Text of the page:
Final Approach

Pioneering Maryland Aviator’s Family Leads Push for WWII Recognition
by Chris Carroll | materials courtesy of the Harmon family

She was a cheerleader, an athlete, a sorority vice president with a handsome boyfriend and a lofty GPA. Elaine Danforth '40 was also bored.

Then, in her senior year, she saw an ad in The Diamondback seeking volunteers for the U.S. government’s new Civilian Pilot Training Program. “That was the first thing I had seen that really interested me,” she recalled in an interview decades later.

Underage and certain her mother would never approve, she got her father’s permission for flying lessons at College Park Airport. The pilot’s license she received after months of training opened the door to greater adventure in 1944 when the now-married Elaine Harmon entered the Women’s Airforce Service Pilots (WASP), the first group of American women to fly military missions.

The organization was unceremoniously disbanded later that year and the jobs taken over by men before the women could be sworn into the military, as originally planned. Nevertheless, she and others fought for and won recognition from Congress of the WASPs as war veterans in 1977.

Harmon, 95, died last April planning her final act as a WASP—inurnment of her ashes at Arlington National Cemetery, where the remains of fewer than 20 of her old colleagues have been placed.

Today, however, Harmon’s ashes remain tucked away in her daughter’s closet in Silver Spring, Md. Thanks to a new reading of the 1977 law by the Army, the gates of the nation’s most hallowed cemetery were closed to WASPs a month before she died.

“I’m glad my mother never learned about this,” Terry Harmon says. “She had fought so hard for the WASPs over the years. It’s a matter of honoring and preserving their legacy, not so much having her own place there.”

In denying her a place, the Army resurrected questions about who deserves a resting place at Arlington and what it meant to serve decades ago when strict gender roles severely limited women’s options. (By contrast, the Pentagon last year opened all military occupations to women.) Army officials have pointed out that the 624-acre cemetery overlooking the Potomac River is short on space, but WASP supporters question how the urns of a few more WASPs could be a burden.

Harmon’s family has pushed to overturn the decision, backed by widespread media coverage and a petition on that had gathered 175,000 signatures by mid-April.The pressure appears to have worked. Bills to overturn the decision introduced by a bipartisan groups of women legislators in the House of Representatives and the Senate unanimously passed both houses this spring, and President Barrack Obama is expected to soon sign the legislation into law.

“If they were good enough to fly for our country, risk their lives and earn the Congressional Gold Medal,” said U.S. Sen. Barbara Mikulski (D-Md.), a sponsor of the bill, “they should be good enough to be laid to rest at Arlington Cemetery.”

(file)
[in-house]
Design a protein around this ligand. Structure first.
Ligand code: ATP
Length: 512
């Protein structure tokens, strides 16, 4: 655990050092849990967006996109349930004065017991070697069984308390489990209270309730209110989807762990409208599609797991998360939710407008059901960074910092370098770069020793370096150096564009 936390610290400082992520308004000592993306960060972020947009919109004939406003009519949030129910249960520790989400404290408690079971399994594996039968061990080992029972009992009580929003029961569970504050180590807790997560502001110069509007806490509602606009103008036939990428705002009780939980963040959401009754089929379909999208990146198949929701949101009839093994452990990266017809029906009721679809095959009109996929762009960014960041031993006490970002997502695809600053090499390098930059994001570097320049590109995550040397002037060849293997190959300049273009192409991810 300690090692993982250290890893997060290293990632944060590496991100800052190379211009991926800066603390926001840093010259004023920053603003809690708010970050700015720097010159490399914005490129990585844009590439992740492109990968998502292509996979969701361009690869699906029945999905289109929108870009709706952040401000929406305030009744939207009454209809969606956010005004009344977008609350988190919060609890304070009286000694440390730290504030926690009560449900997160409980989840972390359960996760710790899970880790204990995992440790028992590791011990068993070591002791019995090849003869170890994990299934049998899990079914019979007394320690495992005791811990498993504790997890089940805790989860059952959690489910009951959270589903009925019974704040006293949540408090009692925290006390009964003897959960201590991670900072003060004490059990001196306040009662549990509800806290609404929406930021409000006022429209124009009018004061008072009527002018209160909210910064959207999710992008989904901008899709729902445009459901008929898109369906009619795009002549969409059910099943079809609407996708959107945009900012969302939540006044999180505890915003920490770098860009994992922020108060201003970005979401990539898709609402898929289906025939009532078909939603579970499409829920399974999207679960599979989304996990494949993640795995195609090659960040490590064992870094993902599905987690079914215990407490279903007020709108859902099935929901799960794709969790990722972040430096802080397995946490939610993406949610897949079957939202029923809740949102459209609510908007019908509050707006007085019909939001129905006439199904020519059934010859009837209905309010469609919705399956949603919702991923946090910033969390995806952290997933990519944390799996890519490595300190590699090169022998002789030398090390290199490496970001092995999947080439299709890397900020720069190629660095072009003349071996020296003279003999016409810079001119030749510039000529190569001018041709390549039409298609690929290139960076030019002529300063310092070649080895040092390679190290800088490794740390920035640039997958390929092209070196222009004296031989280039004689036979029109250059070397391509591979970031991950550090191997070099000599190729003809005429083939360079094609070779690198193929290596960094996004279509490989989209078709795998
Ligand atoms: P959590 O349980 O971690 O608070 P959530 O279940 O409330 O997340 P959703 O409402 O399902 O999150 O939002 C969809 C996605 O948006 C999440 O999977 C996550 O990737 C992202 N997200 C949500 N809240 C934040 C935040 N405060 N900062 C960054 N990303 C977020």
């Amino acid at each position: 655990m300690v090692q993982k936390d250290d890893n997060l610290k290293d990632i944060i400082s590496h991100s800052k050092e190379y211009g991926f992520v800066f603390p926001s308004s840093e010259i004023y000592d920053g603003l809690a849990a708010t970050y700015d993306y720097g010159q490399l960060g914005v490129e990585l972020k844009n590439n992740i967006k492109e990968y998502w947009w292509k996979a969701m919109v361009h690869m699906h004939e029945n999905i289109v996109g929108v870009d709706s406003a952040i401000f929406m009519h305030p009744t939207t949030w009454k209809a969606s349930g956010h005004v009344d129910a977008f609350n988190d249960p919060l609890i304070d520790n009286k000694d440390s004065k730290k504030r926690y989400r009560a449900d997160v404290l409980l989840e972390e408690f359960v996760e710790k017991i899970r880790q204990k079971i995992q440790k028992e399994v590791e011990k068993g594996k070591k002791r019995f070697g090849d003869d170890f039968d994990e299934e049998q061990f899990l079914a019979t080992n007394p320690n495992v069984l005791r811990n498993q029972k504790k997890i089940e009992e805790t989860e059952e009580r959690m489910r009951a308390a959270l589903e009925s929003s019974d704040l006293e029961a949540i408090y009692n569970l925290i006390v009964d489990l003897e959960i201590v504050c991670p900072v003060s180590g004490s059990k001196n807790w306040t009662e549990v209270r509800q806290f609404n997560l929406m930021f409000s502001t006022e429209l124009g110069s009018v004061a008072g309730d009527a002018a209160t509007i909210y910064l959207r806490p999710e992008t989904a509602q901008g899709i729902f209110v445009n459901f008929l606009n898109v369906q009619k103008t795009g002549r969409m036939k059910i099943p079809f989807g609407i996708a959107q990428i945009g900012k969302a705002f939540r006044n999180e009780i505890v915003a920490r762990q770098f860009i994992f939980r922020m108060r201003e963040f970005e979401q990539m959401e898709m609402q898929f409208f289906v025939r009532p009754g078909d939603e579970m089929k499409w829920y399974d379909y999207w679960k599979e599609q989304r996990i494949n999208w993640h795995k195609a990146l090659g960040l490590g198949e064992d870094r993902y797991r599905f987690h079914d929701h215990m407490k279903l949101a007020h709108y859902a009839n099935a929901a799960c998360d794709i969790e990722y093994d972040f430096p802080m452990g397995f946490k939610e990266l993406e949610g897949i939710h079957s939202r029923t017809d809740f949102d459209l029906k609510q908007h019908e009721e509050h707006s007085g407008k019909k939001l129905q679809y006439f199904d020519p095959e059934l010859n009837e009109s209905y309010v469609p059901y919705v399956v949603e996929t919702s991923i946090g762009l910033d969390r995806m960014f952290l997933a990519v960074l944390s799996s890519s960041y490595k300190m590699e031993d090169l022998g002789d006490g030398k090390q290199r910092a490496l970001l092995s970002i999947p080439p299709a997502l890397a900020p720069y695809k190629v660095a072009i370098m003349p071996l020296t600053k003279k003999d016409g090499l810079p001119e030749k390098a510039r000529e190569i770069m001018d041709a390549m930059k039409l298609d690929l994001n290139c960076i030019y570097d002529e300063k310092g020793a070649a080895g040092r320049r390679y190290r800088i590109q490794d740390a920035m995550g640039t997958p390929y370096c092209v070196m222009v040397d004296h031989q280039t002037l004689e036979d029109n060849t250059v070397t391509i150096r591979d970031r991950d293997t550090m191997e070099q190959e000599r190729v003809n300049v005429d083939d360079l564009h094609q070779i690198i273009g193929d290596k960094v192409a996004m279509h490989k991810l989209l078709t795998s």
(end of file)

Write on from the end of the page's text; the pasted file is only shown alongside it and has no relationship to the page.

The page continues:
Whether they’d actually be good enough was an open question when the Women Airforce Service Pilots organization was born in 1942 to help fill a demand for pilots as the war intensified across Europe and the Pacific. Army Air Forces brass decided the thousands of female aviators in the United States could ferry planes stateside from factories to ports, help with pilot training and even tow the airborne targets for anti-aircraft gunners in training. The women who joined were told they would eventually be commissioned as military officers. “They saw it as an experiment—can women do this?” says Kate Landdeck, an associate professor of history at Texas Woman’s University who has studied the WASPs throughout her career and knew Harmon well. “And when they realized, ‘Oh, they can,’ then it was, ‘Well, let’s see what else they can do.’” It quickly became clear that WASPs were more than a novelty. They could be relied on to deliver planes cross country faster than many men “because they didn’t have their little black books with them,” Harmon laughingly told an interviewer with the Women Veterans History Project in 2006. When some male pilots balked at flying the new B-29 bomber after frequent engine fires, Paul Tibbets, an officer overseeing its development (and eventual pilot of the Enola Gay, which dropped the first atomic bomb) turned the plane over to the WASPs. “While they were being trained, they had a fire in the engine, and they handled it, no problem,” Harmon said. “So the men eventually decided, you know, if women can do it, we can, too.” Nearly 1,100 eventually earned their wings, collectively flying 77 kinds of airplanes 60 million miles during World War II, Landdeck says. They frequently did the same jobs as male military pilots but were paid nearly 20 percent less and got none of the insurance or benefits granted to their male counterparts. They saw no combat, but 38 WASPs died while flying. Their families, not the military, bore the cost of bringing their bodies home for burial.